INSURANCE is commonly viewed as a financial tool that safeguards only the rich as the poor and marginalized sectors of society cannot afford to have one. As a result, in times of calamities and distress which could result in sudden death and devastation of property, the poor may become even poorer and left with almost nothing to recover from the unfortunate incident or to restart their lives.
In a Third World country like the Philippines, development issues like poverty and inequality are addressed through more inclusive policy reforms, which basically means that the reforms or changes should benefit the poor more. One of the inclusive reforms being done in the Philippines is the introduction of microinsurance for the protection of the poor as well as the micro, small and medium enterprises (MSMEs), especially against the risk of financial losses in times of natural calamities.
Introduced in the Philippines in 1997, microinsurance has targeted the low-income sectors. To protect policyholders against informal insurance activities, the Insurance Commission (IC) has been instituting rules and regulations among microinsurance providers since 2006 and is continually developing the regulatory framework to further strengthen and expand the industry. In 2016, the IC already established the guidelines for microinsurance in the agriculture, health and pre-need sectors.Advertisements
On Nov. 8, 2013, Supertyphoon Yolanda struck the Philippines and brought untold destruction to properties and loss of lives, mostly among the poor and marginalized sectors of hardest-hit Eastern Visayas. The devastation also highlighted the role of microinsurance in helping restart livelihoods and repair wrecked homes, filling in the gaps when assistance from the government or NGOs was lacking.
Claims paid relating to Supertyphoon Yolanda have amounted to P532 million; the average claims payout was P4,777. Because of this, many have come to realize the importance of microinsurance and are now asking for more information about it.
Microinsurance is a type of insurance product or service that meets the risk protection needs of the poor. In order to allow affordability for the targeted sector, the law decrees that the amount of daily contributions, premiums, fees or charges should not be more than 7.5 percent of the current minimum wage rate for nonagricultural workers in Metro Manila. To illustrate, the microinsurance premium could be any amount less than P37.50 to P40.28, or 7.5 percent of P500 to P537, which is the range of the daily minimum wage rate in Metro Manila in effect since November 2018, according to the National Wages and Productivity Commission. Meanwhile, the law allows for a maximum amount of guaranteed benefits of not more than 1,000 times of the prevailing wage rate. Thus, the maximum benefits could be up to P500,000 to P537,000.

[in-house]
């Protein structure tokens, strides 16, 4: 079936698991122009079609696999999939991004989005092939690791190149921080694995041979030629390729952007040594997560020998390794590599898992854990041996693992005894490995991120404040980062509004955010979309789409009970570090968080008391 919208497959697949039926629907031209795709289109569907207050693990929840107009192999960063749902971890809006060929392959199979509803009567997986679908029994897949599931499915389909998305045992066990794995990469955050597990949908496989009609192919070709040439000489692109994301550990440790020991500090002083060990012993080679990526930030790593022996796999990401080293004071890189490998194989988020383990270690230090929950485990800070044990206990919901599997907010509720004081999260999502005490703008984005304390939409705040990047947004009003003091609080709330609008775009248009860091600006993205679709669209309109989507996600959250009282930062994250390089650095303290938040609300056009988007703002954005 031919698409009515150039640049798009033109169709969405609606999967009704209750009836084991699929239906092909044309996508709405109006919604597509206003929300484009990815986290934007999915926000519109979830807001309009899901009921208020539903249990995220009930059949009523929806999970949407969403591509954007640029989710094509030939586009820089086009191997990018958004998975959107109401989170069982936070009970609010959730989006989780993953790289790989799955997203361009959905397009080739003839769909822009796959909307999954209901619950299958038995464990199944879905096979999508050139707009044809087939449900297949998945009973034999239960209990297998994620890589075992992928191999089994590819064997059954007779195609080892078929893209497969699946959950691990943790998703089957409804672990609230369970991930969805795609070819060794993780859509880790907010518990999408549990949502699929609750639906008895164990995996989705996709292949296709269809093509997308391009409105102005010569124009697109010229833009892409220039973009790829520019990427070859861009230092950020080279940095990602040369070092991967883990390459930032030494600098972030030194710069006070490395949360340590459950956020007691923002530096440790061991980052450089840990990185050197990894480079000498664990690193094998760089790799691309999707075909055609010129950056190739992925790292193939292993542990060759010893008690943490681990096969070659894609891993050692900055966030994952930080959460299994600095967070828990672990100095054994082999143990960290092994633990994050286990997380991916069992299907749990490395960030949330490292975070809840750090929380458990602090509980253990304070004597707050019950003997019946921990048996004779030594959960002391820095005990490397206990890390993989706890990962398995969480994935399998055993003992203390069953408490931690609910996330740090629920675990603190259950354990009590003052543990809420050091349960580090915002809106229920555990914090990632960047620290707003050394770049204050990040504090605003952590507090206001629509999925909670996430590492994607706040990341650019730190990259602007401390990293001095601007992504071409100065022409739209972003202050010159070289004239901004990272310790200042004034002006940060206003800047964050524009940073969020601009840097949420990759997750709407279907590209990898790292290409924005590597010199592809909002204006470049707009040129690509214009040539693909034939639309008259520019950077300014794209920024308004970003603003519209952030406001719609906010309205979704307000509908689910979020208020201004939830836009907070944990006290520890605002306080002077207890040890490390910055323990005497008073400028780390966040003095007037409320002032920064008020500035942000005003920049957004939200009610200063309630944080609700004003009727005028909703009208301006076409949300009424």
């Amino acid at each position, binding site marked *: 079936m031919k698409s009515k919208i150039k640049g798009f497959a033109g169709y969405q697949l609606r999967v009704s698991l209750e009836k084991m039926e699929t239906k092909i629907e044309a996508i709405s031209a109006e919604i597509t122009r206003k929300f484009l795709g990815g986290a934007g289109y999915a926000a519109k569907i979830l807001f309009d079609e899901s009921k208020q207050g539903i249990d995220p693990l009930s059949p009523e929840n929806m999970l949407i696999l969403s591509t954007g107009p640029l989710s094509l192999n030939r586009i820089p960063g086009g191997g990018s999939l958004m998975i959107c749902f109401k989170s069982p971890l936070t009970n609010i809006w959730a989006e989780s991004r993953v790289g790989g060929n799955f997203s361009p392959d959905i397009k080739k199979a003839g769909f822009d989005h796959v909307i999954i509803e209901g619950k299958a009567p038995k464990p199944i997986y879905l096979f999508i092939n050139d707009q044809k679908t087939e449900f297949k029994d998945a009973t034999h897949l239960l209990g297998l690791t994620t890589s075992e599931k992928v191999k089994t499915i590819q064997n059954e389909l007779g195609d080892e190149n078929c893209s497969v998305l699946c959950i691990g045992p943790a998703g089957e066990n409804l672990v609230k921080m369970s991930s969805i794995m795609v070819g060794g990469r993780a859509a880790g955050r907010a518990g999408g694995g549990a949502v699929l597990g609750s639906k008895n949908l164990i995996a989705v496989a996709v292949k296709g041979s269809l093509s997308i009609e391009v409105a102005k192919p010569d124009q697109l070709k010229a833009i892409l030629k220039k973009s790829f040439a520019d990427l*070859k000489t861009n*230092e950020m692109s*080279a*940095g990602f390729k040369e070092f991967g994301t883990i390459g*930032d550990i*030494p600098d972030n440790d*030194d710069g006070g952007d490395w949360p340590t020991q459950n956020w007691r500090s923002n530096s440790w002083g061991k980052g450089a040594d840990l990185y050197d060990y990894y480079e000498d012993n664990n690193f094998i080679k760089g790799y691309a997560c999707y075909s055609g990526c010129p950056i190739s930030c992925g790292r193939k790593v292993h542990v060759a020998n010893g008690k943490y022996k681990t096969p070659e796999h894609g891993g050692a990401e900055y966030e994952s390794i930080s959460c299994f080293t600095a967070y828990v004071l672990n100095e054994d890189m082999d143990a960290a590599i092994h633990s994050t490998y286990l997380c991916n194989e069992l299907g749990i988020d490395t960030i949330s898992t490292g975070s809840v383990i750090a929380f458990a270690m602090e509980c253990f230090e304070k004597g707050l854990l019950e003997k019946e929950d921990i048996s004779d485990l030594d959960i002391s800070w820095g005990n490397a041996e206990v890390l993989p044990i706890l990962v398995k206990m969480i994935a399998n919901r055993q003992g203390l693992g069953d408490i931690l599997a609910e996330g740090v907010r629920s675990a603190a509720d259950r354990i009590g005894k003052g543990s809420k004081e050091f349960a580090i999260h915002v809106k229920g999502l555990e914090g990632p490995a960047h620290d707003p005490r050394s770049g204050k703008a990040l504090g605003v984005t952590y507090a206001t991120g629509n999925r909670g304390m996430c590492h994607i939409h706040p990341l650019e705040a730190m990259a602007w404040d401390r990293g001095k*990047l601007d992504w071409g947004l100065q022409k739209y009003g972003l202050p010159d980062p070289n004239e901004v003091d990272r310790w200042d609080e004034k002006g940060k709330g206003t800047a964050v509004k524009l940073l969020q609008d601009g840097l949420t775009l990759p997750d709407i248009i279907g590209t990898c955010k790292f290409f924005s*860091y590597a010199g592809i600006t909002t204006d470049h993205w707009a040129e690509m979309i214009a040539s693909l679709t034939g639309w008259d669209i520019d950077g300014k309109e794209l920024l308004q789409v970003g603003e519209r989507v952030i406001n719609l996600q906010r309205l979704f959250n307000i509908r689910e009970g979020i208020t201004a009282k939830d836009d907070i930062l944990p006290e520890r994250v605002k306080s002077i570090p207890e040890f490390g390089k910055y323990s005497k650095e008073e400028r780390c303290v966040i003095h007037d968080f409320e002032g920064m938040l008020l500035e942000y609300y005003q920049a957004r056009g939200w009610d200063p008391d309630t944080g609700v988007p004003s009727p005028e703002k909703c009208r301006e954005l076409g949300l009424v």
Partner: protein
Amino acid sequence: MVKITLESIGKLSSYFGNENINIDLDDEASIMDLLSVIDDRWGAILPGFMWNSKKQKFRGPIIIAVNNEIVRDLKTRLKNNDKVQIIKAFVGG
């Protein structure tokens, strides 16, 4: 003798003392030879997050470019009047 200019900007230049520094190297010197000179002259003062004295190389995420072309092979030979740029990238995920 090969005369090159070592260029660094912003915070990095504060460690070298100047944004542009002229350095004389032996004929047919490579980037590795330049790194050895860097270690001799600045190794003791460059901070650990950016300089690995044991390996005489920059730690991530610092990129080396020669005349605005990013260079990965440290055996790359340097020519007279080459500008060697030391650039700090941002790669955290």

Furthermore, to allow for more inclusivity and better accessibility among its target sector, the law also made mandatory the simplicity and clarity of a microinsurance policy contract. In contrast with the usually lengthy and complex contents of a regular insurance policy, the law requires that the provisions of a microinsurance contract should be easily understood by the insured (the poor, marginalized or MSME owners) and may be printed in either English and/or Filipino. The required documents should also be simple. Collection of premiums, contributions, fees and charges should not be difficult, and its frequency should be flexible enough to match the timing of the insured’s cash flows, which could be daily, weekly, monthly, quarterly, semi-annually and annually, whichever is applicable. The contract should also clearly state in simple terms the face amount, benefits and terms of insurance.Advertisements
Once the first premium, contribution, fees or charges have been fully paid, the microinsurance policy becomes immediately effective. In case there are claims against the microinsurance, they should be settled within 10 working days from the day the insurance provider has received the complete set of required documents. This is much shorter compared to the settlement period for regular insurance policies, which is generally 30 to 90 days after submission of complete documents.
As opposed to the regular insurance policy whose grace period is 30 days or a month from the premium due date, microinsurance provides more allowance for its clients. For life microinsurance policies, the maximum grace period in paying the premium is 45 calendar days from the due date and the insured may contest or question the microinsurance contract within one year. As for non-life microinsurance policies, the insurance provider should send notices to the policyholders at least 45 calendar days before the expiration of the contract. The notice should indicate clearly whether the contract may be renewed or not as well as any changes to be made in case it will be renewed.
Before availing of microinsurance, one should make sure that the provider is a duly licensed insurance company. The IC-authorized insurance provider should also include the microinsurance logo in all microinsurance policies.
The author is deputy commissioner for legal services of the Insurance Commission. He may be contacted at firstname.lastname@example.org.